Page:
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?| HERO BY THOMAS I
- P. MONTFORT ;:.;V,.,1
COPVRIOUT, luoi. 15Y THOMAS P, MONTFORT
a talk in THE i WILIOHT.
After supper Mclvlll Mid ??I?1 man |
Turner sat out i" Uio vard and talked
that Is. Turner asked questions, and
Melvln answered them. Mclvlll was 1
in a better Inn. >r since lie was slightly ]
rested and his 1)01)gel' had beeil ap I
peased. and to the hundred questions
Turner asked he returned ready and
good natnred answers, although he did
not always return true ones.
Finally Melvln found an opportunity
io lead I lie conversation, and then he
told nbout the old man hack in the
Woods and of his queer experience with
lilm. tor the first time that evening
Turner burst into a roar of hearty
"Lord a-massy," he cried, "don't you
know who that old boss was'.'"
"Certainlynot." Melvln replied. "How
should I know w hen I am a total stran
"To tie shore. 1 forgot 'bout that.
Still. It seems like ever'body most ort
to know old in Jenkins. Lord, he's
been n-livlu forever, 'pear3 lack, as the
'?Is he crazy V"
??Crazy: Who?old III?"
"Old Hi crazy! Why, snakes an cat
erpillars, stranger, what you mean by
u- ..in sieh a question as that?"
"I thought from the way he acted
that In-certainly must be crazy."
?d eal possums an persimmons! Talk
'boltl old Hi belli crazy: Yon don't
know not hin 'bout that old boss or you
wouldn't never ask 110 sich a tool thing
as Hint. W hy. old Ill's the smartest
man in all these parts, lie sot on to a
jury oticct down at the county seat."
"Yi ?. bet it are: Yes, sir-ee!"
? W onder w hy he behaved so strange
ly w Ith me. t hen V"
"Why, Hint's [dain enough when you
come to llgger It out. You jest happen
ed to run aci'OSt him on one of his off
"Y? s. one of his off days."
?What do yon mean by that?"
"1 lon'l you know ?"
"1 certainly do not."
"Waal, by shucks, yon shorely don't
know not hin 'bout the w ays an doln's
of folks yere'bonts! W hat 1 mean by
ili's oil day is that this is his day for
"Ah. he has the chills, does he?"
"To be shore. W hy shouldn't he
have 'em ?"
"1 don't know. I'm sure."
"Course, he has the chills, an he
shakes ever' other day. lie was sett In
mit Hinr on that log a-waltln for ids
chill to come on w hen yon seed him."
"And that v as why he behaved the
way he did?"
"Of course. Thar hain't many peo
ple. I can tell you, wants to be both
ered with questions when a chill is
eomln nil. an if a feller was to shoot
yon under them kind of provocations
you wouldn't never git 110 court to
"The court would consider the shoot
ing justlllable, you think?"
"N'oii bet it would. I.old a-massy. I
Wouldn't nigh kill nobody for UOtblll
else on earth. I ^ness. but I jest most
know I'd shoot a feller if he collie
a-pickln an ii-nnggln at me with fool
questions when my ugcr w as a-worklu
"You say Mr. Jenkins shakes with a
chill every other day?"
"To be shore, I said that. Why
wouldn't he shake ever' other day?"
"It's a regular part of his life. Is It?"
"Jest as much a part of his life as
eatin an sleepill is. Yes. sir eel W hy,
say. if anything was to happen to old
Hi so that he missed ha\in his chill on
his reg'In I' day 1 reckon he'd feel more
lost than if his old woman was to die.
In these parts ager is a part of a fel
ler's rights an privileges, same as vot
Itl an Imidin olllcu is."
"You bet your hide."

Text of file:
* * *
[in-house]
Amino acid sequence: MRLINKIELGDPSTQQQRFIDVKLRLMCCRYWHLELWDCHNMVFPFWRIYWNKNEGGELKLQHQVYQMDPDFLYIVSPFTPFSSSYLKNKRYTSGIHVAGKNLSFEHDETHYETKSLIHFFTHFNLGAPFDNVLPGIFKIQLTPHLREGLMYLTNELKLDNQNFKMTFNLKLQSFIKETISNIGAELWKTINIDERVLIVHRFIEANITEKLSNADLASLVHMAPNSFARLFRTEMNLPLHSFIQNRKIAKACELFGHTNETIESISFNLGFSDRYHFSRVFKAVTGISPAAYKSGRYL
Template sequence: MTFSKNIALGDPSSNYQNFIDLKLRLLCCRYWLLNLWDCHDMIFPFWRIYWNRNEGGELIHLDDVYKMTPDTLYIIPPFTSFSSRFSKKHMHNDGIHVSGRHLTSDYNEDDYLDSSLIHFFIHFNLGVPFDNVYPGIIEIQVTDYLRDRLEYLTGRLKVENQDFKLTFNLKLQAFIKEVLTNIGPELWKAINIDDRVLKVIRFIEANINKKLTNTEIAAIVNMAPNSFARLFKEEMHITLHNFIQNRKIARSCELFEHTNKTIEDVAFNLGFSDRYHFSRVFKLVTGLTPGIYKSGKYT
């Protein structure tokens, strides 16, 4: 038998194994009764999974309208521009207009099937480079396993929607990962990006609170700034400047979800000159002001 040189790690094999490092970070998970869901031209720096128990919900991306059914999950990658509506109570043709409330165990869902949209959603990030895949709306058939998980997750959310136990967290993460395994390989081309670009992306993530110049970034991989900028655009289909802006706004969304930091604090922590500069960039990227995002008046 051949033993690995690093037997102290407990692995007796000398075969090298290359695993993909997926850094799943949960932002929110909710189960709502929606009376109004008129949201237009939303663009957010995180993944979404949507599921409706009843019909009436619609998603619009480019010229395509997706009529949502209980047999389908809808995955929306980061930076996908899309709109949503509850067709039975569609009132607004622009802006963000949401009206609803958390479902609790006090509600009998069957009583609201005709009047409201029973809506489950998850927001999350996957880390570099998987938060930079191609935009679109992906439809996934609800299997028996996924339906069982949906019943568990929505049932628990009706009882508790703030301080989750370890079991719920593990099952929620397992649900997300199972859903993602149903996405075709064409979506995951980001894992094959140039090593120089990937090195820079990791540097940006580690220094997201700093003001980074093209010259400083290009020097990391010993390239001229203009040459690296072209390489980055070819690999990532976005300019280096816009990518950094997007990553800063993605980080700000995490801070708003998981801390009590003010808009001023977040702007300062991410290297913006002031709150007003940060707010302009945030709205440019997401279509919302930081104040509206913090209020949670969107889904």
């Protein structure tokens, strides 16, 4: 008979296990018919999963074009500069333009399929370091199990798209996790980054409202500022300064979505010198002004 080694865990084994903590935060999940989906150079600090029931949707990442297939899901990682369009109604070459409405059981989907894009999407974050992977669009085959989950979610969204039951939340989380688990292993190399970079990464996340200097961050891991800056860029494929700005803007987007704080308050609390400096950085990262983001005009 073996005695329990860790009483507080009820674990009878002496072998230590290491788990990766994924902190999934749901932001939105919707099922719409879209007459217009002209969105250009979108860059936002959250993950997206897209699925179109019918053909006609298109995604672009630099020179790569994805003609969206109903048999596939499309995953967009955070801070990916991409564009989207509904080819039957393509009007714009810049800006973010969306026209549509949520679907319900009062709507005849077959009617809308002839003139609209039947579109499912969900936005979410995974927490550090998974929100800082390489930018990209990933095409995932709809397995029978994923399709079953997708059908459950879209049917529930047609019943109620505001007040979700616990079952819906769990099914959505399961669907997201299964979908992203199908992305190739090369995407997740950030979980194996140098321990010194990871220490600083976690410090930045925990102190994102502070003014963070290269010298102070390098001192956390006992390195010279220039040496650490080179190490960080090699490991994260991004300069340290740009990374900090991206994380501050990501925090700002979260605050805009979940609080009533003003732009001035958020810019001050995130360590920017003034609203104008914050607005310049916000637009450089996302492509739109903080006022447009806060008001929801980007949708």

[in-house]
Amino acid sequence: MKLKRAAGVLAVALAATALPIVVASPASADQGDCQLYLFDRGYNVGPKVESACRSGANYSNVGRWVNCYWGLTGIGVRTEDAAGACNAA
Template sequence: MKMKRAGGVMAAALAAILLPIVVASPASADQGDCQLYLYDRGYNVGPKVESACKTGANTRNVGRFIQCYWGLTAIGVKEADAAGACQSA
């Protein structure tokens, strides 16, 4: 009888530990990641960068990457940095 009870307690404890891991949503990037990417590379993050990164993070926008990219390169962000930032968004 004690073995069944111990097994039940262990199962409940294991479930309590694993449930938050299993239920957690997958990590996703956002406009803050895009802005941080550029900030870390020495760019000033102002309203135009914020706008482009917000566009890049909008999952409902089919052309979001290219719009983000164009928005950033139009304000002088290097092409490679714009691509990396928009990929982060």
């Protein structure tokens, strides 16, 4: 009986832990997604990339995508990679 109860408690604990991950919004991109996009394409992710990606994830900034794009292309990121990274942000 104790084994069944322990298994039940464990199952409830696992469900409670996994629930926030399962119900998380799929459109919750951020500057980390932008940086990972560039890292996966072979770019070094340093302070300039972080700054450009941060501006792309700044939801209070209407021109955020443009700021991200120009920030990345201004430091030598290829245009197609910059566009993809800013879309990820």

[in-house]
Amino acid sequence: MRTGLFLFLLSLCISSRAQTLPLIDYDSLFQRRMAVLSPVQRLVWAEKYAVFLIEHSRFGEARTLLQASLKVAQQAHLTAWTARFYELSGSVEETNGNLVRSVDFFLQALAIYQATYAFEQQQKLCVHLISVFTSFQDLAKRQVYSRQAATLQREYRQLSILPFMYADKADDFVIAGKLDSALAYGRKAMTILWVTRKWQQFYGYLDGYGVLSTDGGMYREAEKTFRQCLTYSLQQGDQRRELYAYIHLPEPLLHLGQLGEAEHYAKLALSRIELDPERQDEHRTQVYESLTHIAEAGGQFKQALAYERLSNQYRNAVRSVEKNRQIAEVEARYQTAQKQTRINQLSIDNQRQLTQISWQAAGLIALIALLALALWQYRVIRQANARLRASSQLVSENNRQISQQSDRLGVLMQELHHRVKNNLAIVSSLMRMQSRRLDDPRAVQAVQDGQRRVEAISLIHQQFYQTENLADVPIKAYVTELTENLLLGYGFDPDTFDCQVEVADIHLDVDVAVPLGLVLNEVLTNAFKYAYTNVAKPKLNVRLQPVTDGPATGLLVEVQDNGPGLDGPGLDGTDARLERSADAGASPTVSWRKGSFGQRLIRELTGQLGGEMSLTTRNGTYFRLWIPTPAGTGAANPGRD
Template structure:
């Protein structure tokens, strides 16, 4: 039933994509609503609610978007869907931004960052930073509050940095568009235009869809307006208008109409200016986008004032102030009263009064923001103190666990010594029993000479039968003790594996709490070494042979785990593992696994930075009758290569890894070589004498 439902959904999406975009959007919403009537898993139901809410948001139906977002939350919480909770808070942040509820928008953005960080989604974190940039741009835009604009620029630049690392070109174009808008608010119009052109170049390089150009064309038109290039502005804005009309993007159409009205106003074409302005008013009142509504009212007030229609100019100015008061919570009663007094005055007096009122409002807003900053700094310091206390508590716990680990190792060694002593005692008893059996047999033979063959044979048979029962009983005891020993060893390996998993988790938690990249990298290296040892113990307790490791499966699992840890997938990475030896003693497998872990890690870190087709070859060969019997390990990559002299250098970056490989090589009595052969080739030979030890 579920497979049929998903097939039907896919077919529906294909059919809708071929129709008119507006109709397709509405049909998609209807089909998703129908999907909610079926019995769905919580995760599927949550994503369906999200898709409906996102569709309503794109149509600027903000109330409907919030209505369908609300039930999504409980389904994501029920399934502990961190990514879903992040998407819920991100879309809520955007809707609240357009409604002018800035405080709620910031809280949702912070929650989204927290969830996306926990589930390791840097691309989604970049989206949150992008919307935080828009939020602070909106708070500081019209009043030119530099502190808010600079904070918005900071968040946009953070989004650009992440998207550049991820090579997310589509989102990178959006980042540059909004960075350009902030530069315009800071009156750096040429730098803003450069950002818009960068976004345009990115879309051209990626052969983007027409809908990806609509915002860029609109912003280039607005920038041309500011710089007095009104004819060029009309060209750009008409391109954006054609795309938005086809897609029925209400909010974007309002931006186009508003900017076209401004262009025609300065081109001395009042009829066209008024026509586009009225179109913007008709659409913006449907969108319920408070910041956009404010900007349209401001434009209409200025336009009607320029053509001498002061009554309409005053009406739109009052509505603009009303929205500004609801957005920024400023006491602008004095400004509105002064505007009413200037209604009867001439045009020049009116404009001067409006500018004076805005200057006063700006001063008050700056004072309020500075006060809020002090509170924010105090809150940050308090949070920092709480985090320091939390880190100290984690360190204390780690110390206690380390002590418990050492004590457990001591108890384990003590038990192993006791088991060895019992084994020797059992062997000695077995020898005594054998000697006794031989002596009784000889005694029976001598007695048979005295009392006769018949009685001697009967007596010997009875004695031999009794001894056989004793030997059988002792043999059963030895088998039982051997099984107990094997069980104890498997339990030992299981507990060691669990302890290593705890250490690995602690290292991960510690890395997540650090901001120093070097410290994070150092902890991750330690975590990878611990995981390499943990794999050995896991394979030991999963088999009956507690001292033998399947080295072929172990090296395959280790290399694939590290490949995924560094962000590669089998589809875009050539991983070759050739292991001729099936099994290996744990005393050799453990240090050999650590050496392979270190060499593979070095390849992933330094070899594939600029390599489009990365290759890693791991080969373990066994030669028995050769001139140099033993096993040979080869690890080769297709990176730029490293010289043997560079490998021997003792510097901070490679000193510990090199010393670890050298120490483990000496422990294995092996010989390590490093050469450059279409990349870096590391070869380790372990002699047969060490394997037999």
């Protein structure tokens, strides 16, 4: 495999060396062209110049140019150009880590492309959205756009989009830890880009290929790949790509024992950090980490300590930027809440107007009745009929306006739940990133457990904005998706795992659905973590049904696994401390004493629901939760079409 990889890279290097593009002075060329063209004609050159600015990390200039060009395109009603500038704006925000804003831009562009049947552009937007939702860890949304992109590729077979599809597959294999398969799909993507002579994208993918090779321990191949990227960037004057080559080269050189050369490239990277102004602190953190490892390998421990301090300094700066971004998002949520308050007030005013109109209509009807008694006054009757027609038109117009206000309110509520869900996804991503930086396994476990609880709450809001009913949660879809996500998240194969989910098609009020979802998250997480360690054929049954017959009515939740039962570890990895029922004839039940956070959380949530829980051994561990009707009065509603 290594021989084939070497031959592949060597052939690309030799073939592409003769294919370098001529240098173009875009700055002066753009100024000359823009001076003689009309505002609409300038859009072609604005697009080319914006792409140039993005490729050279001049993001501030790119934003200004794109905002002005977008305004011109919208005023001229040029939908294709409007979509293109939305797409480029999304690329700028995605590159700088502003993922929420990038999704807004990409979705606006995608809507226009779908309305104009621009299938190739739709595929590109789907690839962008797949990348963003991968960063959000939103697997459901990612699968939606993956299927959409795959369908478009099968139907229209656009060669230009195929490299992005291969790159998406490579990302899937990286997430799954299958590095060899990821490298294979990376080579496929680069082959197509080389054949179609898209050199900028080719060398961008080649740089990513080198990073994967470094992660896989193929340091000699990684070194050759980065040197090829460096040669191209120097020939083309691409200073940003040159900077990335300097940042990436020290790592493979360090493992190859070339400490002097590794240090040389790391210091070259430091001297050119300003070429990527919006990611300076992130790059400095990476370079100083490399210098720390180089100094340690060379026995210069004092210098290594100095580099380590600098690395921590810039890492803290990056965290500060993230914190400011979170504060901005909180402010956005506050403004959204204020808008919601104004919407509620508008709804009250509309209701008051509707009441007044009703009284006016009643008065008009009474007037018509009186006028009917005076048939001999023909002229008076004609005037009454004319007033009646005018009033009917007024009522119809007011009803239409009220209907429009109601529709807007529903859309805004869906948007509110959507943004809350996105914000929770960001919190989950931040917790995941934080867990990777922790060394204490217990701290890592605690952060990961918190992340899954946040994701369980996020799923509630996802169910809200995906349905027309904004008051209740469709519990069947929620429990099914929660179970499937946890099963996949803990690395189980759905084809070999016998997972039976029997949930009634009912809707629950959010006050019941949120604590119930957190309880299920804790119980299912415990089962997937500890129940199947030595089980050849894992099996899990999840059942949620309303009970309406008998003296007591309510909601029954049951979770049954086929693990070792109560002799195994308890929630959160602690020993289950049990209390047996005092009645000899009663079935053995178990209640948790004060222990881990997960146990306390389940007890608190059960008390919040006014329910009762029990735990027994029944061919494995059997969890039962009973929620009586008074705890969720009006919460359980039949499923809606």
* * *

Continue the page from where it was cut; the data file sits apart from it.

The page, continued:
"Does Mr. Jenkins live near this?"
"No, not as you mought say right
near. lie lives over t'other side of
Coon Run river. Hain't been over In
that settlement, I reckon?"
"Waal, you won't loscnothin, 1 guess.
If you never do go over thar."
"Oh, them folks over thar ain't jest
the sort a body keers to have much to
do with. Leastwise I lind 'em that
"Are they bad characters?"
"No, I don't know as you can put it
that a-Wfly exactly, 'cause they're
peaceable enough an lionost an all that.
They're jest so different from we uns
"In what way are they different?"
"Waal, for one thing they're so dog
gone tgn'unt. Why, say, them folks
over thnr hain't got no more edleatlon
than a Bang of possums, not a blame
bit more. Sich Ign'unce Is plumb piti
ful shore. I allUS feel sorry for thein
that hain't got learnln, don't you?"
Melvln looked at the old man in open
eyed QStODlahmont and muttered an as
sent. It occurred to him, however, that
, If the people on tho other side of Coon
Hun were any more lacking In learning
than Turner was their condition, as far
ms education goes, was pitiable Indeed.
Hut ho was very far from giving utter
ance to any such thought, for already
ho had learned that the average Pos
sum ftldgor was a sorely sensitive Indi
vidual who was liable to take offense
on the smallest provocation.
There was a silence of two or tbres
minutes, and Mclvin's thoughts had
drifted back to Heokett's Mill and to
the little scene there that day in which
be had been a participant. And In
the center of that "scene there was
one llgure that stood out boldly and
distinctly from all the rest What the
others said or what the others did he
did not know or care, but every word
uttered by Louisa Hnnks and her every
movement and every look was as vlv
Idlj before him now as It hnd boon at
that time. Nor was this strange, for
?o him she was the only living reality
\orc. The rest were only so many fig
urfs whose trivial deeds and existence
were unworthy of a thought.
Ho recalled the expression on her
faoe at the moment when her eyes met
his, and now It wns a wonder to him
how he hnd ever managed to hold him
self so woll In check as not to betray
even a hint of tho great, consuming
passion that filled his heart
Suddenly bis wandering thoughts
were recalled by Turner, who renewed